An introduction to meta-analysis

Have you ever heard of meta-analyses? If you haven’t, I suggest you do. A meta-analyses is basically a scientific review that combines the data from many independent studies. Meta-analyses are useful for many things, including determining whether studies have a significant effect on the topic of a research study, determining the strength and significance of research statements, comparing different results from different studies, and more.

Meta-analyses can be performed using different methods. One way is called meta-analyses using meta-statistics, which is an approach that takes the data from published studies and creates an overall meta-analyses rating for each study. Another way is called meta-analyses using fixed effects and random effects, where the effect is treated as a variable and all other factors are considered as time-varying or aggregates. Meta-analyses using outcome measures are called meta-analyses of outcomes, and meta-analyses of treatment effects are called meta-analyses of treatment effects and moderators. There are more general rules, however, and there is even a paper dedicated entirely to explaining the various types of meta-analyses and their appropriate applications in specific areas of study design.

The main advantage of a meta-analyses is that it allows researchers to gather enough information from a relatively large set of research studies in order to determine the effect size of their proposed treatment. However, there is a drawback: meta-analyses can generate a lot of wrong data and misinterpretation, leading researchers to draw incorrect conclusions or make inappropriate arguments about the treatment. Also, meta-analyses are only effective if they use statistically significant methods. For example, if a treatment for a disease is found to have a statistically significant effect, then it is likely that there really is a treatment for the disease, even if the real effect size is much lower than the treatment effect size.

Another major drawback of meta-analyses is that most of the time, the results of the meta-analyses are a composite of results from many individual studies, and all the studies used in the meta-analyses did not utilize exactly the same methods to measure the outcomes of interest. For instance, let’s say one research study finds that Lortab increases an individual’s sperm count, but another study finds that exercise does the opposite. Since studies that controlled for these different variables did not report results that were significantly different, we can safely say that the study that found the increase in sperm count is truly the “correct” effect of the treatment, and that the exercise was the “contributor effect”. If, however, the other studies did not report results that were statistically significant (for example, they did not report a difference of less than 0.10 on a scale where one to five is recommended), then we can safely conclude that there is no significant effect of Lortab on sperm count.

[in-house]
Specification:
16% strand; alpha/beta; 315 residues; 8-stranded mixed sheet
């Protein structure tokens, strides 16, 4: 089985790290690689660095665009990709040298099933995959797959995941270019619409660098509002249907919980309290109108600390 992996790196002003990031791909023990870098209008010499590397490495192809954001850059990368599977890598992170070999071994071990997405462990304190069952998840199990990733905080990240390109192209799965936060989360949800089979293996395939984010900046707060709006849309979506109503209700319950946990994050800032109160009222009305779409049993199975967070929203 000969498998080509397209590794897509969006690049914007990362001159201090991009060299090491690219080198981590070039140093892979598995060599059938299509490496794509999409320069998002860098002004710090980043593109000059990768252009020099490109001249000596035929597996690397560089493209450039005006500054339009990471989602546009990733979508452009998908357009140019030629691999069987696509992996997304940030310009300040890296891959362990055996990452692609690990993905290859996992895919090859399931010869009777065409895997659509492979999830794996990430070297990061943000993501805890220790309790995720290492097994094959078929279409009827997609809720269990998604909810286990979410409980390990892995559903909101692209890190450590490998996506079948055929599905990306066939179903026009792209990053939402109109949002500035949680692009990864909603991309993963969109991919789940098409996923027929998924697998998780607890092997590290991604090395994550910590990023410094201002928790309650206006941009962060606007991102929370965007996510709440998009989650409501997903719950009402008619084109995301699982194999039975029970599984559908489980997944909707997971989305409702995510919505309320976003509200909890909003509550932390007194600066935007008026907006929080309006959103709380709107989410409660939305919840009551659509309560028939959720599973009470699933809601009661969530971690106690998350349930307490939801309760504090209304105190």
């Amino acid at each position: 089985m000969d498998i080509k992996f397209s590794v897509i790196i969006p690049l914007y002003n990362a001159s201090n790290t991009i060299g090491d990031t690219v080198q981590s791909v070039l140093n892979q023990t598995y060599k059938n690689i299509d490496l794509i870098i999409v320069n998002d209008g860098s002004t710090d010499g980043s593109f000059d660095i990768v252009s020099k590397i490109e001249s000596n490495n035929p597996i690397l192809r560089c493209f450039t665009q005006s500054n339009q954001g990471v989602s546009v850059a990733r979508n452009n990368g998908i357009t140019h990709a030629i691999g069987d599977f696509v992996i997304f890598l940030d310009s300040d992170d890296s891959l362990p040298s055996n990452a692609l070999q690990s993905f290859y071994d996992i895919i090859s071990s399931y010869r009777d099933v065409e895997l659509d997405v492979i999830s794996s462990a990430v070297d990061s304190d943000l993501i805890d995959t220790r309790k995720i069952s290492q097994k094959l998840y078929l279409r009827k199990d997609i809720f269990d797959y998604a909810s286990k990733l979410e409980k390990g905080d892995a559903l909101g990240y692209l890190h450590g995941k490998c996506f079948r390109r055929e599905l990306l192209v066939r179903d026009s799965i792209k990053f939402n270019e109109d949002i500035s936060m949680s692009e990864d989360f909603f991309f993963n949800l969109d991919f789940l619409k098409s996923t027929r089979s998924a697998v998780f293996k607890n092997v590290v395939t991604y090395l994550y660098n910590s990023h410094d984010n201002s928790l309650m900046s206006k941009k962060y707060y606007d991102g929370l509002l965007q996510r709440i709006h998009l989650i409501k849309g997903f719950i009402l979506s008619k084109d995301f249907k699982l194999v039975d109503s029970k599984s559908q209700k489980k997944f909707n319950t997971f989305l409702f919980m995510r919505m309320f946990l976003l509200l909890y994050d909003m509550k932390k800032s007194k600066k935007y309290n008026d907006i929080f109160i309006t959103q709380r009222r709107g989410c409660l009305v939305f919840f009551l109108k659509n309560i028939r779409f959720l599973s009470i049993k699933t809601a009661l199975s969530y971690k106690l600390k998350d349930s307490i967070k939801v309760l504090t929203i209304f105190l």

Finally, meta-analyses can create situations in which the actual effects of interventions are highly dependent upon the study design, which often creates bias. For instance, if a patient had a good experience with one surgeon, but a terrible experience with another surgeon, and the data were pooled from surgeons who both performed a particular procedure, then the result may be biased. This is known as a spurious association. Conversely, if all the patients in a given health setting are the same, then meta-analyses can help researchers to generalize about which medical interventions work best.

As you can see, while the benefits of meta-analyses are great, they also have their drawbacks. Meta-analyses should not be used to make conclusions about individual studies, and should only be used to give generalizability to results from individual studies. However, when performed carefully and with careful due diligence, meta-analyses can provide important information that will greatly impact how we choose to treat patients and prevent diseases.